Mike the Psych's Blog

What if psychologists ruled the world? In real life?


Did feminism cause obesity?

Yes according Rosie Boycott, a senior food policy advisor to the Mayor of London and founder of feminist magazine Spare Rib.

She said “there is now a lost generation of people who rely on fast food and processed dinners“.

Speaking at the Hay Festival of Literature she said encouraging women to go out to work rather than become housewives resulted in everyone giving up cooking.. “I said “don’t cook …. you’ll get ahead” We lost it. Schools gave up cooking. Everyone gave up cooking.”

(The obesity crisis has ) certainly been fuelled by the fact that women work and that we have allowed this huge change to happenSocieties change, women start working, and the fast food and takeaways arrive“.

Cooking was seen as drudgery by feminists and has been blamed before for the spread of fast-food chains although it is unusual for feminists to actually admit it.

She thinks we should start cooking again, men as well as women. (I’m writing this as the roast chicken dinner I’m preparing for the family is nicely browning in the oven. Just saying.)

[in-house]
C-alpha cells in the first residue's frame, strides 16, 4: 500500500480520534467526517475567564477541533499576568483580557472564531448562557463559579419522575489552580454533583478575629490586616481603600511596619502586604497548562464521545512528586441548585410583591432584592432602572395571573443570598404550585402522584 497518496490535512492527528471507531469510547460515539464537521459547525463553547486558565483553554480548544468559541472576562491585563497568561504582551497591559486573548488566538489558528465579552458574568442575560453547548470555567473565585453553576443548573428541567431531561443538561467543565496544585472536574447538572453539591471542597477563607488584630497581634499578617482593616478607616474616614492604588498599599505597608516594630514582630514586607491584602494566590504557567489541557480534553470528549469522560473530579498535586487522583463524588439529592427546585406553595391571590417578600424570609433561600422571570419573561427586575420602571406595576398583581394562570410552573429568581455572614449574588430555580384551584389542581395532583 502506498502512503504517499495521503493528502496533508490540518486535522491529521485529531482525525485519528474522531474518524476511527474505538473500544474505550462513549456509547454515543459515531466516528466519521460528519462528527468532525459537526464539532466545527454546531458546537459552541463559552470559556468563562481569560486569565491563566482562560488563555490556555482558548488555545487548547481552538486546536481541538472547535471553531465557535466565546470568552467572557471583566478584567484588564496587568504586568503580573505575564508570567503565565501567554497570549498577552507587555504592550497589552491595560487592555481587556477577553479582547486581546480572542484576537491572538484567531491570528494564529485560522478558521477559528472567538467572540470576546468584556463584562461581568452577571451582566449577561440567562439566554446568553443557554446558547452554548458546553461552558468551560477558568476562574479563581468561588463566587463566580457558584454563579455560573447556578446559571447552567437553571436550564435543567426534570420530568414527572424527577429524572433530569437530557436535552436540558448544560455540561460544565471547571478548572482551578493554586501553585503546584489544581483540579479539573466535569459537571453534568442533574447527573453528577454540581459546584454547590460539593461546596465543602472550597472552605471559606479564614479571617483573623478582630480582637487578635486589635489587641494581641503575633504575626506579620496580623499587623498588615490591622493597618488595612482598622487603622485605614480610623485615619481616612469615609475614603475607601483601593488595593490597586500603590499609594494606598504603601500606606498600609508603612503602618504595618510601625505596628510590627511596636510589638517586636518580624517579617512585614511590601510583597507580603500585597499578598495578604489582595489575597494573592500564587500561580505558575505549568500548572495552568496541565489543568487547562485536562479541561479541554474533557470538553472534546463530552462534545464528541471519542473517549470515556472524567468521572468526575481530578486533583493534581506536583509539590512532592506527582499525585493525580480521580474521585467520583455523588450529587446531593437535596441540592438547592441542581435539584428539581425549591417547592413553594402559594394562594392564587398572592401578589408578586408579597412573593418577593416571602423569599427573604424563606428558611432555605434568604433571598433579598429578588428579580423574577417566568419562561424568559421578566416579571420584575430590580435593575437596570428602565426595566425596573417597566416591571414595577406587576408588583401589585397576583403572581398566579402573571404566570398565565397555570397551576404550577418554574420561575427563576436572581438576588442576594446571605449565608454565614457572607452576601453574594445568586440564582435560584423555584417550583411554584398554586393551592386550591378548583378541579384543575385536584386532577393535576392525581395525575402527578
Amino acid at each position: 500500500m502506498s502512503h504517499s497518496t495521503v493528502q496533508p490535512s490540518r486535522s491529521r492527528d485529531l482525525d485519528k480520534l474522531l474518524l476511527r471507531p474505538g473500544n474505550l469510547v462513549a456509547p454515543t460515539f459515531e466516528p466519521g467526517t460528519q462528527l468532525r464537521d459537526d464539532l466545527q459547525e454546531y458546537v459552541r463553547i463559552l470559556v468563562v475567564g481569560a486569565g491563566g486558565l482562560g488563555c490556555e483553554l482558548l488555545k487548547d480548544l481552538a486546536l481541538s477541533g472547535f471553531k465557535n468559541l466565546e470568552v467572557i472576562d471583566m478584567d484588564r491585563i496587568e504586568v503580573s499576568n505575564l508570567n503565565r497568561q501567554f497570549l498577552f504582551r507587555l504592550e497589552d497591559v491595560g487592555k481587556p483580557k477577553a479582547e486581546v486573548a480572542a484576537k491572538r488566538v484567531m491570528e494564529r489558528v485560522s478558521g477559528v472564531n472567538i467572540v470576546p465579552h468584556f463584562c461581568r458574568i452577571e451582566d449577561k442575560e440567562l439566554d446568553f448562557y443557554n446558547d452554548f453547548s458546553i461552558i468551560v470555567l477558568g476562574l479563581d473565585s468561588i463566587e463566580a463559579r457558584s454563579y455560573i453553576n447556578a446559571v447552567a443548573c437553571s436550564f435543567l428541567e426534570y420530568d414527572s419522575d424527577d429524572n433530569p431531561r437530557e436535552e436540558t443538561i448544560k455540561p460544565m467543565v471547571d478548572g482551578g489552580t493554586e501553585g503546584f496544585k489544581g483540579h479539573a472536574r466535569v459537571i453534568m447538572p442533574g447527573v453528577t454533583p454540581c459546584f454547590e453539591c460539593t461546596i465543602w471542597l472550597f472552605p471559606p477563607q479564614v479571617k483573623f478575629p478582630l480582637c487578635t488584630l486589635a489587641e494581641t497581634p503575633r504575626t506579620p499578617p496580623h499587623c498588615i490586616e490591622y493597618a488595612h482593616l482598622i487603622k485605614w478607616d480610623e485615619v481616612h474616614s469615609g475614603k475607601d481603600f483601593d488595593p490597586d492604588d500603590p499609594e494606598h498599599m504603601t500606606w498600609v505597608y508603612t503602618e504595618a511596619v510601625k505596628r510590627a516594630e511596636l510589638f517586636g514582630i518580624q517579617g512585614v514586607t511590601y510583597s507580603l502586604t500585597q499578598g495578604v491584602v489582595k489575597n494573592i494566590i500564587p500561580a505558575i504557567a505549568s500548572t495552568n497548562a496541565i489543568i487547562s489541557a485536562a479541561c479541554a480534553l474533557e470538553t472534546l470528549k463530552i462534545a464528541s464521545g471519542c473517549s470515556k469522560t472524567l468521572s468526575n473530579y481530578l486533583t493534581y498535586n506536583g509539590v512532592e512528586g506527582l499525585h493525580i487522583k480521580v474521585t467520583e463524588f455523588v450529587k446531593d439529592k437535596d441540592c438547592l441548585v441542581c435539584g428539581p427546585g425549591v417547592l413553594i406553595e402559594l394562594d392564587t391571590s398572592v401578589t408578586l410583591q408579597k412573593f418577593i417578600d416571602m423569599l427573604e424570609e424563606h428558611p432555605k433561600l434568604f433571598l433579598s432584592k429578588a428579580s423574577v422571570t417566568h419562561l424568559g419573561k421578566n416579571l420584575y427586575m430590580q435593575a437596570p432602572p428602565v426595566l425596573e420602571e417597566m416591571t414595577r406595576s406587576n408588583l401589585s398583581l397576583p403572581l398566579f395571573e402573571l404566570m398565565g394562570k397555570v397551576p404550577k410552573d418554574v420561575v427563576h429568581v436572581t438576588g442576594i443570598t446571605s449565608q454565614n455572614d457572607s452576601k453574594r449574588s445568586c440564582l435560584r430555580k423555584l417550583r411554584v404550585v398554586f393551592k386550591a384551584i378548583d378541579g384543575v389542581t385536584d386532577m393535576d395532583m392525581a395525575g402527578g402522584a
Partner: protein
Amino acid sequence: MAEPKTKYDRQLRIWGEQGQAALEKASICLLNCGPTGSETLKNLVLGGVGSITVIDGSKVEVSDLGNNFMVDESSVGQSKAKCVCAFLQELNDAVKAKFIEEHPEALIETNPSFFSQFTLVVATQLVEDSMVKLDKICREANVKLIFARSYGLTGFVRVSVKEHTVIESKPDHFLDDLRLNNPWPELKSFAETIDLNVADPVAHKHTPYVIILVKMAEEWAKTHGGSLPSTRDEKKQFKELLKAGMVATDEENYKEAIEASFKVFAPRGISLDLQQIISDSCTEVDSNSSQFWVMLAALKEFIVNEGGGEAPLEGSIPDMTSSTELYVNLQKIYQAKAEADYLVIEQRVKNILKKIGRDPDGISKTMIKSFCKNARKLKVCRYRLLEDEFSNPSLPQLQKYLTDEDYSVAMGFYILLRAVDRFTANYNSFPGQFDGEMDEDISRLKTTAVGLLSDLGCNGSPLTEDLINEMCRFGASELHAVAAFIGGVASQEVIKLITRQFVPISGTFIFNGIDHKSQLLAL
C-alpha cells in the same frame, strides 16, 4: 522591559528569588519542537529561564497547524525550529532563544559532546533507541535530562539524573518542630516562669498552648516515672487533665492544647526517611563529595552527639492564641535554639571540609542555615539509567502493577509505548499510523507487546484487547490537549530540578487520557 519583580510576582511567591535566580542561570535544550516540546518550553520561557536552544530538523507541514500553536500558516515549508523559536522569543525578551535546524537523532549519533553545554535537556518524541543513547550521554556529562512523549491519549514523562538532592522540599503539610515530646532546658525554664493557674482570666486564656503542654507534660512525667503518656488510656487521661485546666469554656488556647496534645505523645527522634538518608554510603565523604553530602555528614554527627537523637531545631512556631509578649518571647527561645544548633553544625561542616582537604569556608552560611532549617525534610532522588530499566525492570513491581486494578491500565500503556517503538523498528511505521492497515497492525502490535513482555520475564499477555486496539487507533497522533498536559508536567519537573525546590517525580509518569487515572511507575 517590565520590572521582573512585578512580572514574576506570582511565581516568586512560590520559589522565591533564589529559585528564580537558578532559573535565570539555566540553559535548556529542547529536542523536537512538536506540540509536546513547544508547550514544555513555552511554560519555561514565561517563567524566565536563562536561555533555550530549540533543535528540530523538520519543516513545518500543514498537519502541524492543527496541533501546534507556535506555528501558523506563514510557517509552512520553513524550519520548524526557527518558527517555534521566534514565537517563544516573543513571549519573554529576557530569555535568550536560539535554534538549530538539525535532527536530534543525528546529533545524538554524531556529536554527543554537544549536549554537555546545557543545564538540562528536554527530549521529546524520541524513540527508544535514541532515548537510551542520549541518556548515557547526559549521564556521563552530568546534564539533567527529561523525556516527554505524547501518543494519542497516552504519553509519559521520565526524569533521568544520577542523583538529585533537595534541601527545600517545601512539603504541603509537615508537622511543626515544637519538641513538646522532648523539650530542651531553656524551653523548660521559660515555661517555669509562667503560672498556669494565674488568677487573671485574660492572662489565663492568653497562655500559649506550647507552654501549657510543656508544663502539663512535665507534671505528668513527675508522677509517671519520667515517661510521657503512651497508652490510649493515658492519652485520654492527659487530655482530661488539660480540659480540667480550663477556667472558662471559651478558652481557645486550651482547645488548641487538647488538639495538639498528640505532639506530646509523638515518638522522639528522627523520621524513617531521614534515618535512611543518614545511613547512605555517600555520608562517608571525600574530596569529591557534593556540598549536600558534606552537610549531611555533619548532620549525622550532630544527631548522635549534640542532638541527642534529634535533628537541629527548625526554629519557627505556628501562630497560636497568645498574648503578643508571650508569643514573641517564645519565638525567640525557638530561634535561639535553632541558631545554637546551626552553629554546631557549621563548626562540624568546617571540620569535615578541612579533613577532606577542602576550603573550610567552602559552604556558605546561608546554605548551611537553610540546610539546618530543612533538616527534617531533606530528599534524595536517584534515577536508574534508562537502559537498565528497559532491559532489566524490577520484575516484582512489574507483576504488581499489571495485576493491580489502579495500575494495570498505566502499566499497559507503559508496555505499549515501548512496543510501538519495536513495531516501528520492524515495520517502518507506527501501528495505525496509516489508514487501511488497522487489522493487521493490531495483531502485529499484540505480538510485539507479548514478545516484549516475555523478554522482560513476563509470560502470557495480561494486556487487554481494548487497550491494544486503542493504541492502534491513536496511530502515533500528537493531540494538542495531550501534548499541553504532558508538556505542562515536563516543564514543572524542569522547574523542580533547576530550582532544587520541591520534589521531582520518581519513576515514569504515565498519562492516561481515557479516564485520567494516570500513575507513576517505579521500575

And though my mother worked she still cooked us meals, although we helped during the week preparing the vegetables etc. And working mothers back in the day didn’t have all the labour saving devices that you find in a modern kitchen either. Perhaps if women had to go out to work to make ends meet was that doesn’t count as feminism?

Of course other factors have also been blamed such as car use, computer games, clever marketing from food companies pretending they sell healthy food, and sedentary occupations.

And while Scottish hospitals ban the selling of junk food on site English hospitals make a profit from it – now that is unacceptable.